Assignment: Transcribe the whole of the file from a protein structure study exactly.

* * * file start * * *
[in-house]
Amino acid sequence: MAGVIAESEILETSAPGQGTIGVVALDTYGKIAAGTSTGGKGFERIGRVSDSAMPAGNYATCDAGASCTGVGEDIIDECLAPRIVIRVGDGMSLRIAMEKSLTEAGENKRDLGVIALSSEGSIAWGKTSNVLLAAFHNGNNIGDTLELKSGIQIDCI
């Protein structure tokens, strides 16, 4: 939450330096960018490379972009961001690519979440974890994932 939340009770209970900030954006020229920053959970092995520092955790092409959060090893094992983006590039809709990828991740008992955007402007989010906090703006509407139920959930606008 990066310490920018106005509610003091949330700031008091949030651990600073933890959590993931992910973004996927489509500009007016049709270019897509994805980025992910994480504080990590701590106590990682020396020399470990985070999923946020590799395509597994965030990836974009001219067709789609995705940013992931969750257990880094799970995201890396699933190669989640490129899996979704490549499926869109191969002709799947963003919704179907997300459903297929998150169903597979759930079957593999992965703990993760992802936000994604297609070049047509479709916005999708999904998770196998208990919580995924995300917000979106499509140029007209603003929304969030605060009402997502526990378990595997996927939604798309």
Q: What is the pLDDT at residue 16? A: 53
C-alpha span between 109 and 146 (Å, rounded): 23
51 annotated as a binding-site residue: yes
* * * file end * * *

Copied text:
[in-house]
Amino acid sequence: MAGVIAESEILETSAPGQGTIGVVALDTYGKIAAGTSTGGKGFERIGRVSDSAMPAGNYATCDAGASCTGVGEDIIDECLAPRIVIRVGDGMSLRIAMEKSLTEAGENKRDLGVIALSSEGSIAWGKTSNVLLAAFHNGNNIGDTLELKSGIQIDCI
């Protein structure tokens, strides 16, 4: 939450330096960018490379972009961001690519979440974890994932 939340009770209970900030954006020229920053959970092995520092955790092409959060090893094992983006590039809709990828991740008992955007402007989010906090703006509407139920959930606008 990066310490920018106005509610003091949330700031008091949030651990600073933890959590993931992910973004996927489509500009007016049709270019897509994805980025992910994480504080990590701590106590990682020396020399470990985070999923946020590799395509597994965030990836974009001219067709789609995705940013992931969750257990880094799970995201890396699933190669989640490129899996979704490549499926869109191969002709799947963003919704179907997300459903297929998150169903597979759930079957593999992965703990993760992802936000994604297609070049047509479709916005999708999904998770196998208990919580995924995300917000979106499509140029007209603003929304969030605060009402997502526990378990595997996927939604798309």
Q: What is the pLDDT at residue 16? A: 53
C-alpha span between 109 and 146 (Å, rounded): 23
51 annotated as a binding-site residue: yes